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Keeping Australian Geckos

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Housing Your Leopard Gecko

 

WELCOME TO THE AUSTRALIAN HERPETOLOGY
Housing Your Leopard Gecko Page
by
John Fowler & Rachel Barnes


The Leopard Gecko (Eublepharis macularius) is one of the most popular species of geckos kept in the world.

Note that it is normally illegal to keep Leopard Geckos (Eublepharis macularius) and other exotic (not native) species of reptiles in Australia, however much of the information about keeping Leopard Geckos applies to geckos in general.

 

HOUSING YOUR LEOPARD GECKO
(Eublepharis macularius)


Leopard Gecko (Eublepharis macularius)

When it comes to providing a home for your gecko, you will have to keep some basics in mind. It needs warmth, humidity, a place to hide, and a substrate for the flooring. Purchase and set up your equipment before you acquire your Leopard Gecko (Eublepharis macularius). While they are fairly hardy, it's not a good idea to leave them sitting and waiting in their carrying boxes while you scurry to get their homes in order. When it comes to the enclosure itself, your best choice is a glass aquarium, readily available at any pet store or, possibly, from garage sales or flea markets. Glass allows you to easily observe your pet, which is a must in order to catch any early signs of problems. A pair can live comfortably in a 10 -15 gallon tank (20 to 24" 50 to 60cm). Crowding your geckos will only cause stress, health issues and territorial fights.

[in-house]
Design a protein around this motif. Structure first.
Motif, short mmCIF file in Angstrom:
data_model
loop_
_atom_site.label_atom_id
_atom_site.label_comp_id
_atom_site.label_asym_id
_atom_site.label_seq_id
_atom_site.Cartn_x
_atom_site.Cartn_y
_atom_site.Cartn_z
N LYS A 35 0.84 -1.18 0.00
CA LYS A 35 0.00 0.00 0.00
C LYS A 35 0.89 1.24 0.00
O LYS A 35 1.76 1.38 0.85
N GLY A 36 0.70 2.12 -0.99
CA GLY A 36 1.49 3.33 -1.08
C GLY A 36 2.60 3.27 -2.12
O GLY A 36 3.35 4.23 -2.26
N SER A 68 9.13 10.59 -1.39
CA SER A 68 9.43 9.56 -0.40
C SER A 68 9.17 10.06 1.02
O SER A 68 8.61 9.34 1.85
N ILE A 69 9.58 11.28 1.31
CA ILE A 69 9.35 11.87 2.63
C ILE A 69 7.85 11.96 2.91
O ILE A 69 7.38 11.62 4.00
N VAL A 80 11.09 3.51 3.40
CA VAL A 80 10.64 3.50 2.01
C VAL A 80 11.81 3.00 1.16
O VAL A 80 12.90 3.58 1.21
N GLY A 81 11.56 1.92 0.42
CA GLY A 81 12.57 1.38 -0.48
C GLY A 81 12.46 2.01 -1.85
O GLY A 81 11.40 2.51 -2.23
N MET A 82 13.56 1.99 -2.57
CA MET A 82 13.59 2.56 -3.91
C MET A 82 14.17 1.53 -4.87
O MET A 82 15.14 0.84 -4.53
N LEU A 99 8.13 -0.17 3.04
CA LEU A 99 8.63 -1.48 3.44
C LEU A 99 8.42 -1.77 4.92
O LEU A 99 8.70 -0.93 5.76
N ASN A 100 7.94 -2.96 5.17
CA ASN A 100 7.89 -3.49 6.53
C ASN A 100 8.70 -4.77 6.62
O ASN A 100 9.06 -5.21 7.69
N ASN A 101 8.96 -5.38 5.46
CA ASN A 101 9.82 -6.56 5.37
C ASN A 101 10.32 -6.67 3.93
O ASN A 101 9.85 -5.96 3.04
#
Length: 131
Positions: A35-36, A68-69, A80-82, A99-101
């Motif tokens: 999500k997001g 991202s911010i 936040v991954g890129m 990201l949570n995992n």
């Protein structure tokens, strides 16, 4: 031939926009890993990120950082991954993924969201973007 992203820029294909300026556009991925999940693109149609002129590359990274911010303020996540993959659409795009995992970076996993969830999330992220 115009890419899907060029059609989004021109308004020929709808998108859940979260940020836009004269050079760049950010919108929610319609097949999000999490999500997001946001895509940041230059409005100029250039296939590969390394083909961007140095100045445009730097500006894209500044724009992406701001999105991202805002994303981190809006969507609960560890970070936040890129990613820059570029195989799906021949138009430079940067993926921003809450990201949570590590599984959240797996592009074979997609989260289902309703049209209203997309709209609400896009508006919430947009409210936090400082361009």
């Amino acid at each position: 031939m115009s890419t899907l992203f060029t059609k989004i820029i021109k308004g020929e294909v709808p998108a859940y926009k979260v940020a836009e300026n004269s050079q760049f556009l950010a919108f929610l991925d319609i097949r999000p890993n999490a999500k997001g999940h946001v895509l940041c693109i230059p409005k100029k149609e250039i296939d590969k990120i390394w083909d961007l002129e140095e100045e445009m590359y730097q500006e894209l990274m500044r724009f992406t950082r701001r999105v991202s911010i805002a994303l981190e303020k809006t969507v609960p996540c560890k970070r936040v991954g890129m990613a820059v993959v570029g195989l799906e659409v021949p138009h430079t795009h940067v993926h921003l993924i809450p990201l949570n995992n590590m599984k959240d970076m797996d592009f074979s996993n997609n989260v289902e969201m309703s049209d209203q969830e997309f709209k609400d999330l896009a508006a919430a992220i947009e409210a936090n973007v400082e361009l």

Arrange your tank so that the temperature is 88 to 90 degrees Fahrenheit (31 to 32 degrees Centigrade) on one side, using heat lamps to get to that level if necessary, and arrange the other side to remain down in the mid 70s Fahrenheit (low 20's Centigrade). It's important to allow the animal a temperature gradient, as that will let it regulate its own body temperature. You can use a 40 to 60 watt incandescent bulb, and that will effectively take care of both heat and light however keep an eye on the temperature. As geckos are naturally nocturnal creatures, there is no need to invest in any special lamp, such as UVB lighting. You may also wish to provide an under tank heat mat for your geckos, which will allow them to bask and receive that heat directly into their bellies.
Direct sunlight should not be allowed to fall on an aquarium as it may cause the tank to overheat

 

Be careful about the substrate you choose. Avoid aquarium gravel, walnut shells or calcium sand to prevent impaction. When a gecko eats the substrate and it becomes impacted in its gut, it blocks digestion and will result in a very costly trip to the veterinarian. Newspaper, paper towels, slate or tiles will make fine substrate. Lastly, provide your gecko with somewhere to hide to make him feel more secure. Inverted plant saucers, plants or wood will all suffice for this, and be sure to put something on both the warm and cool sides of the tank. To help your gecko shed properly, add in moist peat moss, sphagnum moss or paper towels to keep the humidity level just right.


OTHER FEATURED LINKS

Techniques in Leopard Gecko (Eublepharis macularius) Feeding

What to Do When Your Leopard Gecko (Eublepharis macularius) Gets Sick?

Leopard Gecko (Eublepharis macularius)
Australianherpetology.com

 



 

Caring For and Handling a Crested Gecko

Design a Vivarium For Your Crested Gecko

Common Health Issues Faced By Crested Geckos

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Updated January 17, 2021

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